Srinagar: The United Nations (UN) on Wednesday urged Indian authorities to release prominent human rights defender Khurram Parvez, who was arrested recently on charges under the Unlawful Activities Prevention Act (UAPA), the body has reiterated should be amended.
Khurram was arrested more than a week ago by the National Investigation Agency (NIA) after the agency raided his residence and office premises in Srinagar on November 22. He was shifted to Delhi and booked by the investigation agency under serious charged of funding and aiding terror groups, a claim that many international rights groups and Khurram’s family and colleagues have refuted.
In a statement, a UN Human Rights Office spokesperson Rupert Colville said they were deeply concerned about the arrest of Khurram and urged authorities to “fully safeguard his right to freedom of expression, association and personal liberty”.
“We are unaware of the factual basis of the charges. He is known as a tireless advocate for families of the disappeared and has been targeted before for his human rights work,” a UN spokesperson read.
The body pointed out that he was also detained under another controversial law, the Public Safety Act, for two and a half months after being prevented from travelling to the Human Rights Council in Geneva in year 2016. He was released after the Jammu and Kashmir High Court declared his detention illegal.
Khurram’s arrest has been followed by a global outrage with many claiming that he is being targeted for his work which is often critical of the government agencies and armed forces in the region. He has helped record and investigate human rights abuses in Kashmir and worked on key human rights reports from the region. His arrest is also seen by many as part of the larger crackdown on the critics of Bhartiya Janata Party (BJP) party and the government it leads in New Delhi.
The UN has also called for the amendment of the Unlawful Activities Prevention Act or UAPA, the body said, which empowers the authorities to designate individuals and organizations as terrorists based on “imprecise criteria.”
“It raises serious concerns relating to the right of presumption of innocence along with other due process and fair trial rights. The Act is also increasingly being used to stifle the work of human rights defenders, journalists and other critics in Jammu and Kashmir and other parts of India,” the spokesperson said.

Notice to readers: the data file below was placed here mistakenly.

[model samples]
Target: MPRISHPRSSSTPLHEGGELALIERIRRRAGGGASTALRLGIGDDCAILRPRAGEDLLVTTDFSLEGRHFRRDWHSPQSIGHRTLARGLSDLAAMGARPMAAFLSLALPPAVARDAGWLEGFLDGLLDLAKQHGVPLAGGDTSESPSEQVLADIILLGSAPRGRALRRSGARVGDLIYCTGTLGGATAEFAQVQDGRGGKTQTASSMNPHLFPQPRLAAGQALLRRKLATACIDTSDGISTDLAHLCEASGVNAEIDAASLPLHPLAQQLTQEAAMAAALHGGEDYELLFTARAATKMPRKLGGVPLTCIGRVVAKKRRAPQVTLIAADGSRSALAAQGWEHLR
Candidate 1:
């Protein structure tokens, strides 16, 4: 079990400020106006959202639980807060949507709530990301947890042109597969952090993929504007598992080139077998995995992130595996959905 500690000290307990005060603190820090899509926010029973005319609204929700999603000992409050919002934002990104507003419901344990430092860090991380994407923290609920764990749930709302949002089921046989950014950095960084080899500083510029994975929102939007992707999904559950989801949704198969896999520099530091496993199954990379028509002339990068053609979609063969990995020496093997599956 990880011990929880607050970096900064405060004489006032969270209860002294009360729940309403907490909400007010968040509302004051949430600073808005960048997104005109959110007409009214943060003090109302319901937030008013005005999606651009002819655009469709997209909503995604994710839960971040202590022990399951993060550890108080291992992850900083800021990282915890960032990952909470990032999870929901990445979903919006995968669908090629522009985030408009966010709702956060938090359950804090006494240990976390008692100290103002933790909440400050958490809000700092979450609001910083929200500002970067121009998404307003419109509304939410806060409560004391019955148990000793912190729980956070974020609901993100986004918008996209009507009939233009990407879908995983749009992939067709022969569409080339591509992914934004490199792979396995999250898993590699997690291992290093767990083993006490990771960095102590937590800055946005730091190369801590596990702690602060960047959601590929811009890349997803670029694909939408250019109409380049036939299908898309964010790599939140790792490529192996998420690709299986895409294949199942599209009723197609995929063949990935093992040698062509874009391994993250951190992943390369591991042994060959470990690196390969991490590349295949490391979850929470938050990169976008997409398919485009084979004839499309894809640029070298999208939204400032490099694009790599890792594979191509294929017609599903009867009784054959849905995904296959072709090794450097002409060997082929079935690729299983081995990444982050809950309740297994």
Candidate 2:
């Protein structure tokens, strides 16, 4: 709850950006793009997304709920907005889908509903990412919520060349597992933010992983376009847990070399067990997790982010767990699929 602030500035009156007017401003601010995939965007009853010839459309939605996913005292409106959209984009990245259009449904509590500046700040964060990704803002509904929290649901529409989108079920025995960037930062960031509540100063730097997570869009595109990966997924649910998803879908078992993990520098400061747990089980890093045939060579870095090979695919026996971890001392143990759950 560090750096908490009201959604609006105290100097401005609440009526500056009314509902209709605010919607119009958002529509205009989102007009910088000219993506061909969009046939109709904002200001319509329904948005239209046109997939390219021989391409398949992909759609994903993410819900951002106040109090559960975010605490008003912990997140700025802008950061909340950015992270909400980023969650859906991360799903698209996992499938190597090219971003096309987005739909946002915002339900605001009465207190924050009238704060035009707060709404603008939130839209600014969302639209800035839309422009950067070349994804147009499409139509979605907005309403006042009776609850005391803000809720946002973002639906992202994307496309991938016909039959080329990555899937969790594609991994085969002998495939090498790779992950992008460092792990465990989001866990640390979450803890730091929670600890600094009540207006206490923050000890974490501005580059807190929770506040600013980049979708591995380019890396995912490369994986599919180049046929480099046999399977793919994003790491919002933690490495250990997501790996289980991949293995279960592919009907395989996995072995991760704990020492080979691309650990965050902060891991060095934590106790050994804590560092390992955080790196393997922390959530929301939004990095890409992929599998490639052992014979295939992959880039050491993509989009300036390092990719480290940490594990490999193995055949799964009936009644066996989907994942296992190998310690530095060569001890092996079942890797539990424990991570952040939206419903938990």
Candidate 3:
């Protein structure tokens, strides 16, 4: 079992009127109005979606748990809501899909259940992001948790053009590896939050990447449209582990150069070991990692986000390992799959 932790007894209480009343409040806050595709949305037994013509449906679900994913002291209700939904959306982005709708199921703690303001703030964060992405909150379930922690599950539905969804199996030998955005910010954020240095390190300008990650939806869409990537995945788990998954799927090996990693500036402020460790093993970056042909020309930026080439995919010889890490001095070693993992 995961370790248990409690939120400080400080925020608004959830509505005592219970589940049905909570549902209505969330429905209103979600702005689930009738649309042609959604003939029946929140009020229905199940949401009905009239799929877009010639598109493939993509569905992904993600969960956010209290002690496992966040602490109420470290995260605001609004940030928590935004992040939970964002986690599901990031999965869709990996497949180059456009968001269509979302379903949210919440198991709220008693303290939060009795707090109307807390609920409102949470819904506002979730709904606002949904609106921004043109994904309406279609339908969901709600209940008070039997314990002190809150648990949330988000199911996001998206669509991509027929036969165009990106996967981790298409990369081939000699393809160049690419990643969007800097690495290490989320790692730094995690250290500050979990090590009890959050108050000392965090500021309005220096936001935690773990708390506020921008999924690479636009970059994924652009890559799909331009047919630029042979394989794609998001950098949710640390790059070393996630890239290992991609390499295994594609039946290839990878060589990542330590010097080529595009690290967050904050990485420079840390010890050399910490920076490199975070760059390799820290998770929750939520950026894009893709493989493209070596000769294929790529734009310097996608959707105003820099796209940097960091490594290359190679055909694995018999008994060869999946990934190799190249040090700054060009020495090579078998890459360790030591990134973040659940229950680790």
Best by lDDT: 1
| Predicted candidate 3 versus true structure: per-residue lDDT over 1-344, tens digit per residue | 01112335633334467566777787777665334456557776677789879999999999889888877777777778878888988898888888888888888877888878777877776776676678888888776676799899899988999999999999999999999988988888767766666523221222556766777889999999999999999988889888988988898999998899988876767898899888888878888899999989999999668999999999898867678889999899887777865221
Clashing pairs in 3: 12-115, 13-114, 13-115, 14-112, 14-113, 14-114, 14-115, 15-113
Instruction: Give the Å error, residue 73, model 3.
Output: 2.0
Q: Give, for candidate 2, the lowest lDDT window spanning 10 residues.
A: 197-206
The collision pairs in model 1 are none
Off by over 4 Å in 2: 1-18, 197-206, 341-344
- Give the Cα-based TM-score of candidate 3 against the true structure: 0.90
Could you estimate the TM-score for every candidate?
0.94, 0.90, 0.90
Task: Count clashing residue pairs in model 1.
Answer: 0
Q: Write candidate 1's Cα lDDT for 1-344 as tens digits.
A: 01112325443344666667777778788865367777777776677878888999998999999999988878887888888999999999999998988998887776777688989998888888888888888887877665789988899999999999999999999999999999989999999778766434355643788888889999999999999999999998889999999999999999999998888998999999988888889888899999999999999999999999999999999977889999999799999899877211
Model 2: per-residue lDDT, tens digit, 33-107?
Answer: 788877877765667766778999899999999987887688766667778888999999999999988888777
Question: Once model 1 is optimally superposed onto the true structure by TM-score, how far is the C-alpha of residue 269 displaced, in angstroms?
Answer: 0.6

The Geneva-based international body said that the UAPA should be amended to bring it into line with international human rights law and standards and urged Indian authorities to refrain from using this or other laws that restricts freedom of expression in cases involving civil society, media, and human rights defenders.
The UN Human Rights Office also said that it is increasingly alarmed by the rise in killings of civilians, including members of religious minorities, by armed groups in Kashmir this year and also expressed concern over the killings of civilians by security forces and the secret disposal of their bodies. The body mentioned the case of Hyderpora operation in which four persons including three civilians were reportedly killed by armed forces.
“There should be prompt, thorough, transparent, independent and effective investigations into all killings of civilians, and families should be allowed to mourn their loved ones and seek justice,” the statement read.
“We acknowledge the need to prevent violence, but we are concerned at signs of a wider crackdown on civil society actors in Jammu and Kashmir. The use of sweeping counter-terrorism measures risks leading to further human rights violations and deepening discontent,” it added.
The rights body also called on the security forces and armed groups to exercise restraint, and to ensure that the rise in tensions in Jammu and Kashmir in recent weeks does not lead to further violence against the civilian population.